“Ladies” Don’t Tell: That Age-old Age Question Brings More Questions

What is all the hub-bub regarding the social blunder of asking a woman her age? I experience momentary anguish when affronted when the question; the framing and word stress determines how I answer. I vacillate––I want to be ladylike–– and I want to tell you.

It’s possible that because I nearly didn’t have a 42nd birthday,  my perspective has changed. After all, one has to be here to have one. Every year I am here is a stark reminder. And it’s an annual reminder to family and friends, of the power and grace of our God.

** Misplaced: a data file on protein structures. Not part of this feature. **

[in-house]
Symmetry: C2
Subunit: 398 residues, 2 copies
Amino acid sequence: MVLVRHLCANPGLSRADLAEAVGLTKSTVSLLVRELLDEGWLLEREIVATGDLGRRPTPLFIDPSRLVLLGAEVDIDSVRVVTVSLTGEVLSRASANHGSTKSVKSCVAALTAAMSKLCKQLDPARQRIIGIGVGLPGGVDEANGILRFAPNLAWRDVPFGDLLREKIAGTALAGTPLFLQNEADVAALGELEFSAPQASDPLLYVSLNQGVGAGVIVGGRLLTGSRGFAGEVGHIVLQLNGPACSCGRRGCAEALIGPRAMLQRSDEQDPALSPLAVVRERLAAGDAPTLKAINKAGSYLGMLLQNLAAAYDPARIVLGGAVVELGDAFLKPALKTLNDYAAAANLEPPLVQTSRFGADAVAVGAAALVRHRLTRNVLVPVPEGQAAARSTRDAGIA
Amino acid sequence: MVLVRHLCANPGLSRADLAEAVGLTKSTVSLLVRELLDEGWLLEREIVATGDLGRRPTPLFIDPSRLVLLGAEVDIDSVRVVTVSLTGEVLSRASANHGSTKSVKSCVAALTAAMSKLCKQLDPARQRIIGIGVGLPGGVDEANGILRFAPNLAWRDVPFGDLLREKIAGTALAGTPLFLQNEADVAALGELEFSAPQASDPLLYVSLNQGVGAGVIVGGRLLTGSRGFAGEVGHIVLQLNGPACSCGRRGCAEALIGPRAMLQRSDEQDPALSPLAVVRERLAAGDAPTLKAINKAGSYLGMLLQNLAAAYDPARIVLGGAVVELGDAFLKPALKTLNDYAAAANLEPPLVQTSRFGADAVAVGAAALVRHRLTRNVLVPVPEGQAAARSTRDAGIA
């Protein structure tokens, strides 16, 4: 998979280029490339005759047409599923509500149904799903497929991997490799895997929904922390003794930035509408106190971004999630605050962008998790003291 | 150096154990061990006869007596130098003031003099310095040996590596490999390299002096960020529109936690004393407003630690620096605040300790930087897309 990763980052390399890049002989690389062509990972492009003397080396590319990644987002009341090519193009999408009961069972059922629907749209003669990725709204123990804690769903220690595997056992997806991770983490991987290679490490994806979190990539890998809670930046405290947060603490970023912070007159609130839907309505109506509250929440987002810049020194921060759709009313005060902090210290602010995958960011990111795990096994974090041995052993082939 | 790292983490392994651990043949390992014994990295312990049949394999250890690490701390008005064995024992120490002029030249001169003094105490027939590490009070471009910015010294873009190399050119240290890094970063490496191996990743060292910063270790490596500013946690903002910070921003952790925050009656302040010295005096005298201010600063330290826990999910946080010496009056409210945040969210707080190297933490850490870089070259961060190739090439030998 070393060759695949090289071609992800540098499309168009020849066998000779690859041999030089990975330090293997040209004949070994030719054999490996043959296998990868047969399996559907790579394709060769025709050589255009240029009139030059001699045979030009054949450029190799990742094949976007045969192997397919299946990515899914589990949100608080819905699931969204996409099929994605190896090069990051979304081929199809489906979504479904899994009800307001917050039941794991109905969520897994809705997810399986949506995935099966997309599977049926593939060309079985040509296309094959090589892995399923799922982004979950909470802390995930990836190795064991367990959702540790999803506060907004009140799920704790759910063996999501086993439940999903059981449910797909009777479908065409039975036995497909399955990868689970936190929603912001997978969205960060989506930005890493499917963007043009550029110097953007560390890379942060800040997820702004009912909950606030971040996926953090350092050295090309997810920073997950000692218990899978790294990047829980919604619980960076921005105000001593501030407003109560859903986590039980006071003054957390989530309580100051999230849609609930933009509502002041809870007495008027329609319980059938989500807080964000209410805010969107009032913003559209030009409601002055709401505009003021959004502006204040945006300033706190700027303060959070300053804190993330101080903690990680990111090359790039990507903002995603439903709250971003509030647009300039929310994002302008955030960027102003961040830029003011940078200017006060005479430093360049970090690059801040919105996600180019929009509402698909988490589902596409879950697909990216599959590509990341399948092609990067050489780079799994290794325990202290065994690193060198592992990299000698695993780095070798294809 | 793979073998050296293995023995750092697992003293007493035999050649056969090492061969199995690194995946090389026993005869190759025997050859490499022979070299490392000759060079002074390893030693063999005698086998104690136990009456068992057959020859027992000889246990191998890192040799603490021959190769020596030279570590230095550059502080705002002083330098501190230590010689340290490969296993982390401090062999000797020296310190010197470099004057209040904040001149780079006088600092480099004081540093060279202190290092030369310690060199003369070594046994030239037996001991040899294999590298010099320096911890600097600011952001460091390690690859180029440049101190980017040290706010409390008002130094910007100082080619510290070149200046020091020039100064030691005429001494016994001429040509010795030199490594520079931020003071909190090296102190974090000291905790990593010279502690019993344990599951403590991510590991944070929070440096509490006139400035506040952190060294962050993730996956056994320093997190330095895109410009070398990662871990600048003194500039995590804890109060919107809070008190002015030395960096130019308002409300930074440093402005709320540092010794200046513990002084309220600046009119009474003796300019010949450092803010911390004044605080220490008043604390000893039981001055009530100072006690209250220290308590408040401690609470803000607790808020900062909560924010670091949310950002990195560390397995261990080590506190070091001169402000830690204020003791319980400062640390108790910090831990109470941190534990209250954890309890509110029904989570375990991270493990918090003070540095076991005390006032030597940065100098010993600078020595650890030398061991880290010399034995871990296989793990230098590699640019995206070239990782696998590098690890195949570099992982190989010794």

What’s the big deal? Why is there a stigma to being an older woman? Why do men grow distinguished and women simply grow old, as the adage goes?

Many times, when something ages, its value increases. Why not humans? Some things just can’t be answered in concrete terms.

Susan Rooks’ post on September 6, 2017, “Please Stop Calling Us ‘Elderly,’” echoes my sentiments. (https://grammargoddess.com/please-stop-calling-us-elderly/) Rooks rants of newscasters referring to a 70-year-old as elderly. I once heard a newscaster describe a 55-year-old woman as elderly. Rooks writes “we’re not dead yet.” I concur.

The older I become, my definition expands of what elderly looks like So, yes, go ahead and ask me just how old I am. I may answer. I may not.

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